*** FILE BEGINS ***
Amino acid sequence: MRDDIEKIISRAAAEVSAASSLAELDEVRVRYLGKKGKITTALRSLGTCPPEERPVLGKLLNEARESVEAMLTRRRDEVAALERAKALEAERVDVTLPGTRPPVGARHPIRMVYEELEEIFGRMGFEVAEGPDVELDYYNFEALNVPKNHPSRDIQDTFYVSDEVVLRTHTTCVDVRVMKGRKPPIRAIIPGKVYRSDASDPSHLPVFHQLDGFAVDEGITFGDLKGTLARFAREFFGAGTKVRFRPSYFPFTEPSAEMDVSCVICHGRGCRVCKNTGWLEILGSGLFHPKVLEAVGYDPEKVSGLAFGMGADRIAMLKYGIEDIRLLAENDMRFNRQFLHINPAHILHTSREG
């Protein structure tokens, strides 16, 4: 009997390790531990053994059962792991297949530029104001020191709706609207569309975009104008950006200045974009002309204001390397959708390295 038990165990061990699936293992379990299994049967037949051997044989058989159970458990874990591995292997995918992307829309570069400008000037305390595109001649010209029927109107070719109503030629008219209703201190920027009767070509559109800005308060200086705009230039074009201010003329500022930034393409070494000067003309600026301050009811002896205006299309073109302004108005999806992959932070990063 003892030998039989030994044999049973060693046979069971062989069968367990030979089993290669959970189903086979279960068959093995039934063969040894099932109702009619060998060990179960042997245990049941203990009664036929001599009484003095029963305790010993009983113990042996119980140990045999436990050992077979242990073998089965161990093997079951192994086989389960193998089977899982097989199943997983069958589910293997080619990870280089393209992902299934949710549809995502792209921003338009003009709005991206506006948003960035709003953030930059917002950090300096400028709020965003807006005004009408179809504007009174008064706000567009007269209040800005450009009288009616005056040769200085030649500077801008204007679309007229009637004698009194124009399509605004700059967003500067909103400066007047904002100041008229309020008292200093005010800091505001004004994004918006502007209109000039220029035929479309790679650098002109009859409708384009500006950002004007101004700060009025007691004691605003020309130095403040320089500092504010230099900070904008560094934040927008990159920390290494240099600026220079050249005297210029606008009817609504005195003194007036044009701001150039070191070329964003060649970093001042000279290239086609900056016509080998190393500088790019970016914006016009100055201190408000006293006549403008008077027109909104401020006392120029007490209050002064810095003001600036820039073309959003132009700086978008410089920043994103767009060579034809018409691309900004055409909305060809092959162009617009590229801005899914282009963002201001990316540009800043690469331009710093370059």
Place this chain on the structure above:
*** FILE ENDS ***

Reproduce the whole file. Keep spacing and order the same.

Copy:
Amino acid sequence: MRDDIEKIISRAAAEVSAASSLAELDEVRVRYLGKKGKITTALRSLGTCPPEERPVLGKLLNEARESVEAMLTRRRDEVAALERAKALEAERVDVTLPGTRPPVGARHPIRMVYEELEEIFGRMGFEVAEGPDVELDYYNFEALNVPKNHPSRDIQDTFYVSDEVVLRTHTTCVDVRVMKGRKPPIRAIIPGKVYRSDASDPSHLPVFHQLDGFAVDEGITFGDLKGTLARFAREFFGAGTKVRFRPSYFPFTEPSAEMDVSCVICHGRGCRVCKNTGWLEILGSGLFHPKVLEAVGYDPEKVSGLAFGMGADRIAMLKYGIEDIRLLAENDMRFNRQFLHINPAHILHTSREG
């Protein structure tokens, strides 16, 4: 009997390790531990053994059962792991297949530029104001020191709706609207569309975009104008950006200045974009002309204001390397959708390295 038990165990061990699936293992379990299994049967037949051997044989058989159970458990874990591995292997995918992307829309570069400008000037305390595109001649010209029927109107070719109503030629008219209703201190920027009767070509559109800005308060200086705009230039074009201010003329500022930034393409070494000067003309600026301050009811002896205006299309073109302004108005999806992959932070990063 003892030998039989030994044999049973060693046979069971062989069968367990030979089993290669959970189903086979279960068959093995039934063969040894099932109702009619060998060990179960042997245990049941203990009664036929001599009484003095029963305790010993009983113990042996119980140990045999436990050992077979242990073998089965161990093997079951192994086989389960193998089977899982097989199943997983069958589910293997080619990870280089393209992902299934949710549809995502792209921003338009003009709005991206506006948003960035709003953030930059917002950090300096400028709020965003807006005004009408179809504007009174008064706000567009007269209040800005450009009288009616005056040769200085030649500077801008204007679309007229009637004698009194124009399509605004700059967003500067909103400066007047904002100041008229309020008292200093005010800091505001004004994004918006502007209109000039220029035929479309790679650098002109009859409708384009500006950002004007101004700060009025007691004691605003020309130095403040320089500092504010230099900070904008560094934040927008990159920390290494240099600026220079050249005297210029606008009817609504005195003194007036044009701001150039070191070329964003060649970093001042000279290239086609900056016509080998190393500088790019970016914006016009100055201190408000006293006549403008008077027109909104401020006392120029007490209050002064810095003001600036820039073309959003132009700086978008410089920043994103767009060579034809018409691309900004055409909305060809092959162009617009590229801005899914282009963002201001990316540009800043690469331009710093370059």
Place this chain on the structure above: